Today the Prince William Board of County Supervisors authorized the transfer of $100,000 from the COVID-19 Response Special Revenue Fund to support the capital construction costs of the Caerus Vivarium, a new biomedical animal research lab in Innovation Park that will provide critical infrastructure to the thriving life sciences industry in Prince William County.
The 1500 square foot vivarium will be regulated by the Institutional Animal Care and Use Committee as a Bio-Safety Lab (BSL) Level 2 limited to mice and rats. The facility will be owned and operated by Caerus Discovery and housed inside the 6000 square foot Serpin Pharma lab located at 9501 Discovery Blvd, Suite 120 in Manassas.
Serpin Pharma is a graduate of the Prince William Science Accelerator and it and Caerus Discovery were founded by Dr. Cohava Gelber. Both companies have strong ties to George Mason University and maintain a mutually beneficial collaborative relationship.
“Animals are critical for biomedical research,” says Gelber. “Initial biological research is done through computer models and cell tissues; yet those models can only show us so much. U.S. federal laws, specifically the U.S. Food and Drug Administration (FDA), require that specific non-human animal research occurs to show the safety and efficacy of new treatments before any clinical trials in humans.”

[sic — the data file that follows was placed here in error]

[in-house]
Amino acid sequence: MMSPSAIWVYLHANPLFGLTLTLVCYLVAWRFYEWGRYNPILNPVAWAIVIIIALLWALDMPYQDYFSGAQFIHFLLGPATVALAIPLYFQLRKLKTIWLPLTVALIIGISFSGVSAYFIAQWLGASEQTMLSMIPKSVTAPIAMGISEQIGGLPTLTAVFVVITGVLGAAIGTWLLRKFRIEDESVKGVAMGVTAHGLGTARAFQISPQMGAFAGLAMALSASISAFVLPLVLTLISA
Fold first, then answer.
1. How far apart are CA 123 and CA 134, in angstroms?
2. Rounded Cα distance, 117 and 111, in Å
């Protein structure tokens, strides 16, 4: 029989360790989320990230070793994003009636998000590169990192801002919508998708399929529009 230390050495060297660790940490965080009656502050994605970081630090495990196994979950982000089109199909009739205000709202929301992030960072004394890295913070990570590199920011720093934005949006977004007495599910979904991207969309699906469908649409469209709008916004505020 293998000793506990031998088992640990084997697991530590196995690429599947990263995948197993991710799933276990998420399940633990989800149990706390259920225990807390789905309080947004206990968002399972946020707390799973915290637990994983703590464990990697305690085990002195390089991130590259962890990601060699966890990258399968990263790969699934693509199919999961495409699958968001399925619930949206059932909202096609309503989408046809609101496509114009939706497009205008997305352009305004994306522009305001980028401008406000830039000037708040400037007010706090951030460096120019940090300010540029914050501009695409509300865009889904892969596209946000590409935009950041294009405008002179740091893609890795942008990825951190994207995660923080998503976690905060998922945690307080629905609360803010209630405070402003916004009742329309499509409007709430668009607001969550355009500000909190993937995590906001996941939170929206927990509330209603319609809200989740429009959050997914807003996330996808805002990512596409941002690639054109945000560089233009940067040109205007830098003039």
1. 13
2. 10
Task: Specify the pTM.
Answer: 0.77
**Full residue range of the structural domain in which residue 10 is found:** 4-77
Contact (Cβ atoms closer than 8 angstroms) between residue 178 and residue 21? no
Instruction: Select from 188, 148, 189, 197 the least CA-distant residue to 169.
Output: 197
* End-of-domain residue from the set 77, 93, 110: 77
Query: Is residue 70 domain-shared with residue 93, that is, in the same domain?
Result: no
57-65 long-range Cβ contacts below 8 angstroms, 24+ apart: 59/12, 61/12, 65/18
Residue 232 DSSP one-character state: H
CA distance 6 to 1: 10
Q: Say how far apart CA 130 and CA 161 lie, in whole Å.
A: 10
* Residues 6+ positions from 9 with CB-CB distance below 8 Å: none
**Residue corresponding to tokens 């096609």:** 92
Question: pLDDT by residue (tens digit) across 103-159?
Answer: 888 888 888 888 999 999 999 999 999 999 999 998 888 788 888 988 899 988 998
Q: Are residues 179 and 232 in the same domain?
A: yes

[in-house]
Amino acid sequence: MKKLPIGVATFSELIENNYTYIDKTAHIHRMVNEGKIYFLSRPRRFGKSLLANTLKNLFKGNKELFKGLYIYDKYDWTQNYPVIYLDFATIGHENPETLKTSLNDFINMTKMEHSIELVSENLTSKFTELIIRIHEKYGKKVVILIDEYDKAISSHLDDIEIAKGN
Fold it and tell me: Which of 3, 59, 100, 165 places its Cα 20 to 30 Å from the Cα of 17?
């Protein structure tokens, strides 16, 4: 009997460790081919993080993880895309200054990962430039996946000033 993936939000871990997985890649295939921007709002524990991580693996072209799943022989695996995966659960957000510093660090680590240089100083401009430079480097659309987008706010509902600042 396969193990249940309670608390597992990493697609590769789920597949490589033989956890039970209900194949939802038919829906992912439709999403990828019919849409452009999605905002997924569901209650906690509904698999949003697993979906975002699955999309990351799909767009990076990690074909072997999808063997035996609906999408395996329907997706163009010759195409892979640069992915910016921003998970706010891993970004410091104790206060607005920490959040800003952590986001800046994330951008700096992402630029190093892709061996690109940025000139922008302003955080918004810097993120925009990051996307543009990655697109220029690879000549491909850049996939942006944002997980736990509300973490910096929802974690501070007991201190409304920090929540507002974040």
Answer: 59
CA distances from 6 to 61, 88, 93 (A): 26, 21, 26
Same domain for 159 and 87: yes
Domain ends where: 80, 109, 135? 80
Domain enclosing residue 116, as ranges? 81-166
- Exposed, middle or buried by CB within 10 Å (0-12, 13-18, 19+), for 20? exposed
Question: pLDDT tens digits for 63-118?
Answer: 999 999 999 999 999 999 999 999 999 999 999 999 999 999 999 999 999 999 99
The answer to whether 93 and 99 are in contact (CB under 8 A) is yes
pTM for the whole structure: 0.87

Gelber noted that Caerus plans to use 25% of the new facility and the remaining 75% of the vivarium’s capacity will be available for contracted use by other organizations.
“This facility is a natural progression of our life sciences industry, and this investment ensures we can attract new biomedical interest to Innovation Park,” says Christina Winn, executive director of Prince William County Department of Economic Development (PWCDED). “We are excited to support scientists who develop therapies essential to the discovery of the causes, diagnoses and treatment of disease.”
Caerus Discovery started planning a vivarium in 2019, but the COVID-19 pandemic and increasingly expensive construction costs halted those plans. More than two years later, in October 2021, they finally started building out the facility.
"Prince William County’s life sciences industry has flourished during the pandemic, and we have an opportunity to use our federally allocated funds to further support these entrepreneurs,” says Ann B. Wheeler, Chair, Prince William Board of County Supervisors. “The vivarium helps build out the life science ecosystem necessary to achieve our Strategic Plan goal of a Resilient Economy by supporting these businesses in scaling up their operations.”
Although George Mason University Biomedical Research Lab houses a BSL-3 vivarium, also in Innovation Park, smaller life science companies do not need all the features and cannot afford the costs associated with a BSL-3 vivarium.
"I’m so proud that the Caerus Vivarium will join more than 60 commercial vivarium labs in the Greater Washington, D.C. region,” says Jeanine M. Lawson, Brentsville Supervisor. “With our upcoming Northern Virginia Bioscience Center opening, our Innovation Park is poised to become a national attraction for life sciences companies.”